A commission of 12 Colombian historians presented their account on the origins, causes, aggravators and consequences of Colombia’s 50-year long armed conflict on Tuesday. The document lies the foundation for determining responsibility for the nearly 7 million victims.
The historians that took part in the study had been approved by the delegations of both the government and the FARC, Colombia’s largest rebel group that is currently negotiating peace.
The 800-page report was presented by the commission’s two rapporteurs, former National University rector Manuel Moncayo and the current ambassador to the Netherlands, Eduardo Pizarro.
The presented report did not reveal one “historic truth” or one “official history” but clarified where the scholars had found consensus and where they differed in opinion, the rapporteurs told press in Cuba where the talks are held.
For example, one scholar explained the causes of the conflict claiming its origins date back to the 1920s, while others agreed that its primary origins lie in “La Violencia,” a ten-year period of extreme partisan violence that began in the 1940s.
Other scholars disconnected less recent historic causes from the surge of guerrilla and paramilitary groups in the 1980s that resulted in a massive increase in victimization.
The theses in the report should “contribute to the peace talks, and multiple and plural debates” about “what happened, why it happened, what consequences it had and, more importantly, how to overcome it and how to avoid repetition,” said Moncayo.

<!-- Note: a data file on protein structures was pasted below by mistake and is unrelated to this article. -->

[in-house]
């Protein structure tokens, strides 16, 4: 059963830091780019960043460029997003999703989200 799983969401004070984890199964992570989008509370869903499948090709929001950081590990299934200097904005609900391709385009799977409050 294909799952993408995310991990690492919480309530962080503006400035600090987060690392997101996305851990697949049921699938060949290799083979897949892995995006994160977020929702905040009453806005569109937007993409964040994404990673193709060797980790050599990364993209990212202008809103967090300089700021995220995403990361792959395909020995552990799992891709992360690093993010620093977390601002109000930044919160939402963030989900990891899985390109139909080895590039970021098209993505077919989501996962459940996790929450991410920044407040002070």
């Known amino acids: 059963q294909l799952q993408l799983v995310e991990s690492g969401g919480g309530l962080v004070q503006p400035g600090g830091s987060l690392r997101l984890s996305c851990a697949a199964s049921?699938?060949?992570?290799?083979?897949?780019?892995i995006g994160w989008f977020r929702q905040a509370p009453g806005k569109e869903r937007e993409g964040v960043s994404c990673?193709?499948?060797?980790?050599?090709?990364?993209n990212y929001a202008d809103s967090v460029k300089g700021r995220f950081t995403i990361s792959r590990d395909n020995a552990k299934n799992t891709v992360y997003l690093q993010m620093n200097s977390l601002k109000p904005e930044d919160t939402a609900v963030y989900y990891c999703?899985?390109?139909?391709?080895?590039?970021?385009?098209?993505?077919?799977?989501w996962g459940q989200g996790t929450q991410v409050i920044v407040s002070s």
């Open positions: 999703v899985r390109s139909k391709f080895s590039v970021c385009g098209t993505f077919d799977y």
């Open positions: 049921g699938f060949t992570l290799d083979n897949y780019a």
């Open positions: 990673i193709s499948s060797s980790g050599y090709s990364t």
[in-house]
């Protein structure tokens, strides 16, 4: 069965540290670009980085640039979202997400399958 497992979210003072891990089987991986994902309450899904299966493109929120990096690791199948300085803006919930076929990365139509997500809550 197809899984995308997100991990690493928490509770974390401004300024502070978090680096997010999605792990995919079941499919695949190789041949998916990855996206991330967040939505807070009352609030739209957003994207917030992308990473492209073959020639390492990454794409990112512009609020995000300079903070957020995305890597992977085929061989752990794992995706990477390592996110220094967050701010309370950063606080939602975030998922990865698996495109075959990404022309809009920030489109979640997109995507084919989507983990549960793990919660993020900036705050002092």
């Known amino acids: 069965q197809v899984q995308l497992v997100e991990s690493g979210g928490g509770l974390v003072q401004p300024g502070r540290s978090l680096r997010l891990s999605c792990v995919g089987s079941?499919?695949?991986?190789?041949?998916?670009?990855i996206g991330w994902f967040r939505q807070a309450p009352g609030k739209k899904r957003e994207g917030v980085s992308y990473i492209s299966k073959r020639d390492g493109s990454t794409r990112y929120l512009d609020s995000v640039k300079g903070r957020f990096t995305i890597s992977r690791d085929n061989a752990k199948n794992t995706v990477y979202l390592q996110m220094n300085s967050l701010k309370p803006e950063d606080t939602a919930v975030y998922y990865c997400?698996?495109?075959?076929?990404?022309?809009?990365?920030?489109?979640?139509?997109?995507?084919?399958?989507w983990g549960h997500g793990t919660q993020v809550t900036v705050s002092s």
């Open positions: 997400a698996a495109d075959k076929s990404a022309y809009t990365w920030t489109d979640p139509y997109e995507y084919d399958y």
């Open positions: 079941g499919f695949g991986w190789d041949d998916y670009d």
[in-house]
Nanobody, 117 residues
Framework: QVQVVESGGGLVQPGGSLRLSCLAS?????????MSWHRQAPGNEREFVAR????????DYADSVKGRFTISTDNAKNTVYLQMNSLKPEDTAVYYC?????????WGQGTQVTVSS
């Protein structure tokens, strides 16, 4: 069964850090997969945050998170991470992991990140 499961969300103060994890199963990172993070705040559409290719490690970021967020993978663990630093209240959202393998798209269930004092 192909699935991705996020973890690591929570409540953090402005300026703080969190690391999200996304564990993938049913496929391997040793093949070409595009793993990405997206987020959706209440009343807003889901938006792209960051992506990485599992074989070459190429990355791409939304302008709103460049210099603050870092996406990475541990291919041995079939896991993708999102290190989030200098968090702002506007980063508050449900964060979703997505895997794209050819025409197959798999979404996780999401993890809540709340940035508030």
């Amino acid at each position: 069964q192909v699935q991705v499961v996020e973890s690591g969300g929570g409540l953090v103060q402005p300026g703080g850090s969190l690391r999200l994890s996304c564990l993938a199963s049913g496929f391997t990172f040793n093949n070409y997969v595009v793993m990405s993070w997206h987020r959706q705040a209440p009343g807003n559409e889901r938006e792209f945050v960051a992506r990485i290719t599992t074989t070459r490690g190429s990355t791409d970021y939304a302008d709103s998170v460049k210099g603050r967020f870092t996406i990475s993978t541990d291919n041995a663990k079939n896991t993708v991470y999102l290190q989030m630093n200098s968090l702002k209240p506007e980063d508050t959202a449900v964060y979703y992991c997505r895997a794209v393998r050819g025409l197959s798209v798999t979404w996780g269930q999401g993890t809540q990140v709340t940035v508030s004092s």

The armed conflict
According to Pizarro, the report is “fundamental to understanding the complexity of the conflict and the responsibilities of those who have participated or had an impact on it, and to clarify the truth.”
Both rapporteurs stressed that their commission was not a truth commission, but its multiple conclusions provide the “basic input for a future truth commission.”
Moncayo said the report “clears the paths towards the truth about the conflict.”
“The truth is not only with those who have been witnesses or actors in the conflict, nor with an exclusively judicial truth … [but] it is the explanation of a combination of very complex circumstances that have happened over the course of the years and have driven us to this reality,” said the scholar.
All twelve members of the commission agreed that the ongoing peace process initiated by the administration of President Juan Manuel Santos and the FARC was elementary to obtain “a post-conflict situation in peace.”
The scholars also agreed that among the main causes of the conflict are decades of injustice in the countryside and the historic inability of leftist political forces to assume political power without the use of violence.
The full report was published on the website of the peace talks, while the website Reconciliacion Colombia, founded to promote reconciliation in the South American country, published an executive summary of all twelve theses.
The negotiation teams of the government and the FARC are currently determining mutual responsibility and how to adequately attend the millions of victims generated by the conflict.
The warring parties have been engaged in peace talks since November 2012. Since then, the negotiators have agreed on a resolution of a number of causes of the conflict like political participation and rural inequality. Agreement was also found on the issue of drug trafficking, one of the main aggravators of the conflict.
If the negotiation teams are able to find agreement on victims and the end of conflict, the FARC will end its 50-year war and pursue its political goals through non-violent, democratic means.